NEW YORK, NY – FEBRUARY 22: Singer Sharon Jones performs onstage at the 26th Annual Tibet House U.S. benefit concert at Carnegie Hall on February 22, 2016 in New York City. (Photo by Theo Wargo/Getty Images for Tibet House)

Soul and funk singer Sharon Jones spent decades in anonymity before audiences discovered her in the mid-2000s. With her backing band, the Dap-Kings, she became legendary for her fiery live shows, earning comparisons to her idol James Brown. Jones died at 60, but not before she defiantly told Rolling Stone in July, “I have cancer; cancer don’t have me.”

December 7: Greg Lake

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The prog-rock singer and bassist died at 69 after a battle with cancer, leaving Carl Palmer as the only surviving member of Emerson, Lake & Palmer. Lake also co-founded King Crimson and later scored a big solo hit in the UK with “I Believe in Father Christmas.”

December 25: George Michael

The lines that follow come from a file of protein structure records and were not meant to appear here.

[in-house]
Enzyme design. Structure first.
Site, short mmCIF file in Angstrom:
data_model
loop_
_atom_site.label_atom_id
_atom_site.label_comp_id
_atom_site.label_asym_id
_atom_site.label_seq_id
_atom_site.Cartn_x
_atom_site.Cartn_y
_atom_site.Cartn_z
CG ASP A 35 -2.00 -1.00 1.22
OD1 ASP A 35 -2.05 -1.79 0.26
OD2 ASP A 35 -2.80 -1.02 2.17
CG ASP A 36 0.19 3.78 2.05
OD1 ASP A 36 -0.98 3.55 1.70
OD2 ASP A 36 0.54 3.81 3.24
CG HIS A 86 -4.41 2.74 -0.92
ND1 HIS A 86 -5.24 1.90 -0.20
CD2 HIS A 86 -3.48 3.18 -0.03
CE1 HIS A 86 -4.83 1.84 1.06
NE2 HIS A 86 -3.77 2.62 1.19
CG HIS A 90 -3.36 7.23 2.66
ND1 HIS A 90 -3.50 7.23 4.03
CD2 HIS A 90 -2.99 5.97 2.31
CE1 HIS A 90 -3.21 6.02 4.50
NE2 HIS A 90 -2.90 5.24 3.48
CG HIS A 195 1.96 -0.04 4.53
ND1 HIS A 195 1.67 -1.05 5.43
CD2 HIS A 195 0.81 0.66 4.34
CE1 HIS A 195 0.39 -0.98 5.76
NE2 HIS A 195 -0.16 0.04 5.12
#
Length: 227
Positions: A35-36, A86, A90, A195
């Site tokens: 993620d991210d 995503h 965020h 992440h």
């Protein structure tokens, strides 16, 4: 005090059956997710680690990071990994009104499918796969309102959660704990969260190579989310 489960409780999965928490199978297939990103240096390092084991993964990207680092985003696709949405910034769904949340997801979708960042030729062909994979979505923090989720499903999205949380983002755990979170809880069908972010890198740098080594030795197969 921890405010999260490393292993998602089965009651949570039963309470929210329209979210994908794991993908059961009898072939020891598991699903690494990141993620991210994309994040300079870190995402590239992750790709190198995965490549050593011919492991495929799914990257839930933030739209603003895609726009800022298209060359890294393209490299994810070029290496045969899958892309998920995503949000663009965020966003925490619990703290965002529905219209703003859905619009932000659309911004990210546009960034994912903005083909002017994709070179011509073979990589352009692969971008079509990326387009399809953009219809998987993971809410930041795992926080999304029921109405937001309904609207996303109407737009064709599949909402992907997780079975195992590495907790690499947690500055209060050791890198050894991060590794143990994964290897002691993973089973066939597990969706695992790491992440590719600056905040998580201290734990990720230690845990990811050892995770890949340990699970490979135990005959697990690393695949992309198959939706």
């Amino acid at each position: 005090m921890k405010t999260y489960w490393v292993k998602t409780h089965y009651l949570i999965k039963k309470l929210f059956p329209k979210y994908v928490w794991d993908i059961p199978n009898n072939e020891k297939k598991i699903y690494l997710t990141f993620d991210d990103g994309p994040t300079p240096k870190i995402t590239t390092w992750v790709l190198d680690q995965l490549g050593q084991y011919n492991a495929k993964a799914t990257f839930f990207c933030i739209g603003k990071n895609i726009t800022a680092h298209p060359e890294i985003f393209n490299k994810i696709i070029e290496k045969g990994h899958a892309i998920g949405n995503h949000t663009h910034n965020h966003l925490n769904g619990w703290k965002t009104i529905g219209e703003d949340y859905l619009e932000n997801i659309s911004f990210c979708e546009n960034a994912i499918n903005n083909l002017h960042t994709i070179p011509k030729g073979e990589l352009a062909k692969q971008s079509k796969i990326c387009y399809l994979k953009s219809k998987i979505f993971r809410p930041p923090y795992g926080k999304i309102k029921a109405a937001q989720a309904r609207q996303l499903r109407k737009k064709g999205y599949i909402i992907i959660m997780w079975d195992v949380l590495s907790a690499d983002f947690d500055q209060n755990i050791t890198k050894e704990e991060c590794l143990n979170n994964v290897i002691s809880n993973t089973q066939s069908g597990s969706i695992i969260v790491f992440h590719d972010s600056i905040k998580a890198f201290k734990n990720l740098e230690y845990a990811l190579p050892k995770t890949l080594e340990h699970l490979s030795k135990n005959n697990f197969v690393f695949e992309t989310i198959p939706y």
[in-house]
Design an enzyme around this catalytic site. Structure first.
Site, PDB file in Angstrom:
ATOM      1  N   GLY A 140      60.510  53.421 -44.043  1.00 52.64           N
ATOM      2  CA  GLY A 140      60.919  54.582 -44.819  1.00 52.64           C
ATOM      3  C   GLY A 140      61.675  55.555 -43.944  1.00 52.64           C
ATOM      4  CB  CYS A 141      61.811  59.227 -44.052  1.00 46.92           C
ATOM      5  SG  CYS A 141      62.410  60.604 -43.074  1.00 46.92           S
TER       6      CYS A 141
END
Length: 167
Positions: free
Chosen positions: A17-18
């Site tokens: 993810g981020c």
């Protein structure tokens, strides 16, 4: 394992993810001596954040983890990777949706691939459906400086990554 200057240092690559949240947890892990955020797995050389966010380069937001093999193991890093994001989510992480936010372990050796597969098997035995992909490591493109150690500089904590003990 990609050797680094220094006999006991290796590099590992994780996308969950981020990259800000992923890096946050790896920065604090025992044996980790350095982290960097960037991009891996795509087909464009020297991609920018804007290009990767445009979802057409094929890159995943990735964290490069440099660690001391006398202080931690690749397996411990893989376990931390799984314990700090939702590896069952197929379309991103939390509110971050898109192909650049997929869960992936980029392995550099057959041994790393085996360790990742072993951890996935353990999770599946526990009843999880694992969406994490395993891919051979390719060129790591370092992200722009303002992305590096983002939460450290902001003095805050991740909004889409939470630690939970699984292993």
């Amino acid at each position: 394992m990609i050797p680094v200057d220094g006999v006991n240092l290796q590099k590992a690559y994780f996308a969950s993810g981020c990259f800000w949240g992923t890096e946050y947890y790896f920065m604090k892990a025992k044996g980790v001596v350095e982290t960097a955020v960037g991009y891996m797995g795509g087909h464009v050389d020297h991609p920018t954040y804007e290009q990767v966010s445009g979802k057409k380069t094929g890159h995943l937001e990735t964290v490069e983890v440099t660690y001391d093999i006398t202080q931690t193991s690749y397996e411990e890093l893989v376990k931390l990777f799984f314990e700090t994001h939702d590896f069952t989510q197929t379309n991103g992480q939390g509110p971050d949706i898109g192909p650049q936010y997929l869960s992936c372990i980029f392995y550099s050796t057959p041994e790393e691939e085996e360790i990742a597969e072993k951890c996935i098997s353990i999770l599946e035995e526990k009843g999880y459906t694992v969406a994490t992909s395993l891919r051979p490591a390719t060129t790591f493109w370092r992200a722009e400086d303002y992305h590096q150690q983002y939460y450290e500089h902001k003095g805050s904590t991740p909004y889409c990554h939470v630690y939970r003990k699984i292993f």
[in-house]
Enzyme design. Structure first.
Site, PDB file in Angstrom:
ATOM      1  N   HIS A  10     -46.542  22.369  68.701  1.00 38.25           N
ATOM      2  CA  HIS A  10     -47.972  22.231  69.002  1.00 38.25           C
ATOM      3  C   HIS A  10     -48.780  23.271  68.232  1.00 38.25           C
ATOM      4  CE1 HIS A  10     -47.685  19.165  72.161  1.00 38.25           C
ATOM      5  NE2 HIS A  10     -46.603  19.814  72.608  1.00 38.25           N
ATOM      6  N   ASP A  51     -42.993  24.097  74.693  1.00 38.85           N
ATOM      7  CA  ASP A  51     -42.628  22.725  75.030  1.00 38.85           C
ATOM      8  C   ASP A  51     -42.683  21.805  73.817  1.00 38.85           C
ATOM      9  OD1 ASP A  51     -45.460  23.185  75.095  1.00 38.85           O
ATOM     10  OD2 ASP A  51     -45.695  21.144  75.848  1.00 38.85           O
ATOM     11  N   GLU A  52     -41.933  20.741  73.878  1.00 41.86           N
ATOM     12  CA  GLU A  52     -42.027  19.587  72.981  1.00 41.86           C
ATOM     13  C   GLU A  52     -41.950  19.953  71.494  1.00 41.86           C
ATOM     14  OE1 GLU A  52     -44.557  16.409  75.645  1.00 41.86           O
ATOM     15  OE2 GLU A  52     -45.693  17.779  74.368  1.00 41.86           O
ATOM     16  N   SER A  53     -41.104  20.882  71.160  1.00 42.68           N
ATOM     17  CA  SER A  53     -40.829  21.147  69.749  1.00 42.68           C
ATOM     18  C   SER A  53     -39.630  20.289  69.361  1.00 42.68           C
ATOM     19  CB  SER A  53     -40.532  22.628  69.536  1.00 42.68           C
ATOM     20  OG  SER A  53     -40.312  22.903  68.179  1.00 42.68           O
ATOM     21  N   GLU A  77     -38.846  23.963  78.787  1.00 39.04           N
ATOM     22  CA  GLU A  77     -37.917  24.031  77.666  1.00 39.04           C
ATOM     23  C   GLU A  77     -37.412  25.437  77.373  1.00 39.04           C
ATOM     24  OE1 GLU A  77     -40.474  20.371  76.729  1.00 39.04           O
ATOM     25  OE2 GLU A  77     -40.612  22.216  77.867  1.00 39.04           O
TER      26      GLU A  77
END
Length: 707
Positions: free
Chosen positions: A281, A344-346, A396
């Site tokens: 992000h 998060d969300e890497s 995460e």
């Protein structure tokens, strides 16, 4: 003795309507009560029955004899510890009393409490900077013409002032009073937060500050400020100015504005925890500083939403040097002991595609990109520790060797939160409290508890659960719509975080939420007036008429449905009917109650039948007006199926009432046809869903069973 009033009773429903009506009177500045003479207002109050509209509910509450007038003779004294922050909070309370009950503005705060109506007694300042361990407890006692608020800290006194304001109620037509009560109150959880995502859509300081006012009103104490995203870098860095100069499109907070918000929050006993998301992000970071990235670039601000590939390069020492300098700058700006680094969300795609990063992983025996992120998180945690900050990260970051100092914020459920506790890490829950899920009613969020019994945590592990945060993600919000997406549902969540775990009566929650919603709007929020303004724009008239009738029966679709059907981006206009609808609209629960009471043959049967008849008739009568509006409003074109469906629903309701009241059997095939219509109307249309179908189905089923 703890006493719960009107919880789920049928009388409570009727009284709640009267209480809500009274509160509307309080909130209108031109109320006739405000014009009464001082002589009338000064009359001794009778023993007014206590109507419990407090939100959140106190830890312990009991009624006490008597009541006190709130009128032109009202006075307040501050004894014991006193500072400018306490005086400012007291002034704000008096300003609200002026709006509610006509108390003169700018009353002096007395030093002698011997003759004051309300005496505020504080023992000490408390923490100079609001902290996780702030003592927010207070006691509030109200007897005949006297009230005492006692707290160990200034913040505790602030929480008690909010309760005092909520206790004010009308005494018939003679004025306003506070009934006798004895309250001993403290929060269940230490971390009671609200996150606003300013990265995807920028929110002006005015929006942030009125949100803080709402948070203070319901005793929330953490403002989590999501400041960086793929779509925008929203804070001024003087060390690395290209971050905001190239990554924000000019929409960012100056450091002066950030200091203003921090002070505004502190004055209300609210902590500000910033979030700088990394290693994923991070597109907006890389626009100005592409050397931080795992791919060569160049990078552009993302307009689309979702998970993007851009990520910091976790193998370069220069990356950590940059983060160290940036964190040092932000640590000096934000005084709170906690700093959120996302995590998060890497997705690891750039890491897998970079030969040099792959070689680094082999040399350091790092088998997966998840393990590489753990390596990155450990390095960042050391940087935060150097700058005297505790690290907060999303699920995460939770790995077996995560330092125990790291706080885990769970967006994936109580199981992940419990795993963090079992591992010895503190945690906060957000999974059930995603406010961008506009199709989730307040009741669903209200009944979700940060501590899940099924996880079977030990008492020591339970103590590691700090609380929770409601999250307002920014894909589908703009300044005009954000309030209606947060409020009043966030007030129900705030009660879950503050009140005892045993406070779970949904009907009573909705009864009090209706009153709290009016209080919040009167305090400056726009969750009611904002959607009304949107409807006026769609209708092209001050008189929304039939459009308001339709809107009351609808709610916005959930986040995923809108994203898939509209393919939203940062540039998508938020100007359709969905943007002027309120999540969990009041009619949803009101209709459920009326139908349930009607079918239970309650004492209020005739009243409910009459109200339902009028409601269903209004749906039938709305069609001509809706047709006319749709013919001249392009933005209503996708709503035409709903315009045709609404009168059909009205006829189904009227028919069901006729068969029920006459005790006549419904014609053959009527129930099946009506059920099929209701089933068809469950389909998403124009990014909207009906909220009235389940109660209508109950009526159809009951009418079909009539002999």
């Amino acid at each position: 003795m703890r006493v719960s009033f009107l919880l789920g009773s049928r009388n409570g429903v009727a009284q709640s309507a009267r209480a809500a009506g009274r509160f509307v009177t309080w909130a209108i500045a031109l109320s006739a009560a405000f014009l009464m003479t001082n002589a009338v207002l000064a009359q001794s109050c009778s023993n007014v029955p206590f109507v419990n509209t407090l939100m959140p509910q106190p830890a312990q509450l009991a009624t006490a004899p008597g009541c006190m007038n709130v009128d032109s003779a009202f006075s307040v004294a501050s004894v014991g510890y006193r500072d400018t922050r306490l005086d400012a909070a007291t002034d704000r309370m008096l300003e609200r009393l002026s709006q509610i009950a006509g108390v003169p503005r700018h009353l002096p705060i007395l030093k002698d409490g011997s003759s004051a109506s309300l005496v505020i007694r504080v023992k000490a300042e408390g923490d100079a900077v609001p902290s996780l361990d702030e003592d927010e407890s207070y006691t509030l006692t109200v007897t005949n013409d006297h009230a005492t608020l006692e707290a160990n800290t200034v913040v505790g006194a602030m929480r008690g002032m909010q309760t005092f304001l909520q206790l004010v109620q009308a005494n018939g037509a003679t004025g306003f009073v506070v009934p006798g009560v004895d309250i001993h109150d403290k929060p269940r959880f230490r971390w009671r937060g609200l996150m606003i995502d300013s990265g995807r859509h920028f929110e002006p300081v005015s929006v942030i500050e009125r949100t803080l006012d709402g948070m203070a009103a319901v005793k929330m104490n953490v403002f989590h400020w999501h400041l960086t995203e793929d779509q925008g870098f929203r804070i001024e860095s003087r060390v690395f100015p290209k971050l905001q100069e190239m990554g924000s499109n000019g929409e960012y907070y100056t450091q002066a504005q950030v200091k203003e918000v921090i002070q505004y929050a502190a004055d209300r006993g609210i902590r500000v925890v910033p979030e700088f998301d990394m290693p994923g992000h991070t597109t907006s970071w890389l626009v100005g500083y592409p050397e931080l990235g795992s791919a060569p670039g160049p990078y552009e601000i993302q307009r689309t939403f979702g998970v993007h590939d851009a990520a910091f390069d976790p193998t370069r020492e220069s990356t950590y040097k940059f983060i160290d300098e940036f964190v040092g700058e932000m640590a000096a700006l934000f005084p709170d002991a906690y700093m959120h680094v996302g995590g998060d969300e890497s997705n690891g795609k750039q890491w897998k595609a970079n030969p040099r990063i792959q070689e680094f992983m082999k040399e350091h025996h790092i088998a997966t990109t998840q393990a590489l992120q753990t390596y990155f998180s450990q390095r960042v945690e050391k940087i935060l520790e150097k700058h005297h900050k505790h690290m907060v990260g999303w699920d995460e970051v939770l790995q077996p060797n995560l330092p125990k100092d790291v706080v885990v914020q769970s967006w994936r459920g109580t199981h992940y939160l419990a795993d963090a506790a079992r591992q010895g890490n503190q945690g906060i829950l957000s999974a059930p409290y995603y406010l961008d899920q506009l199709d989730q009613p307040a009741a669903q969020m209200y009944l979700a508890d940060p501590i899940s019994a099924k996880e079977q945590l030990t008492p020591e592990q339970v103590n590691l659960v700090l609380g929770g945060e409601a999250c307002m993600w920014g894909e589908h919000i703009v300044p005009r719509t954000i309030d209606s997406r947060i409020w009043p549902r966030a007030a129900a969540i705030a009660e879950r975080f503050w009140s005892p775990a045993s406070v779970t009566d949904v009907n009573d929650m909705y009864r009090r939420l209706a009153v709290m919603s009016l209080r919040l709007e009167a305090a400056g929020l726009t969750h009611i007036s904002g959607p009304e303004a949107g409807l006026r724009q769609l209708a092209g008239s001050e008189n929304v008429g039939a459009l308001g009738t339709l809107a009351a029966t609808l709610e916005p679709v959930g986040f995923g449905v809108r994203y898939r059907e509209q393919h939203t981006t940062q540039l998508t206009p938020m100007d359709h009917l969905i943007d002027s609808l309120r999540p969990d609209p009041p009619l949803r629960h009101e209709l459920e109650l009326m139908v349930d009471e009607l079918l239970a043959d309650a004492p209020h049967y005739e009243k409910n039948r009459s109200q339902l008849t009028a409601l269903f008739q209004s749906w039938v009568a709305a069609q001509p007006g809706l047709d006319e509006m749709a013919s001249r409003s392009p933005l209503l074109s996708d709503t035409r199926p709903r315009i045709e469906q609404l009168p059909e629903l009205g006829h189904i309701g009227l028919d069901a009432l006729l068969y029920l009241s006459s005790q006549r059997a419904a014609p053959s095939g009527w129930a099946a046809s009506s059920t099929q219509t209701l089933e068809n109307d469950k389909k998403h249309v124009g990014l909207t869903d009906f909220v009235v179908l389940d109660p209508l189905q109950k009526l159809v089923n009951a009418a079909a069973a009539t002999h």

SAN DIEGO - JUNE 17:  Singer George Michael performs at the Sports Arena on June 17, 2008 in San Diego, California.  (Photo by Kevin Winter/Getty Images)

SAN DIEGO – JUNE 17: Singer George Michael performs at the Sports Arena on June 17, 2008 in San Diego, California. (Photo by Kevin Winter/Getty Images)

Singer George Michael burst onto the scene with ’80s pop duo Wham! before reaching greater heights as a charismatic — and controversial — solo artist. With such monster hits as “Faith” and “Freedom! ’90,” Michael blended danceable pop with progressive social commentary. The British pop star and gay icon was 53.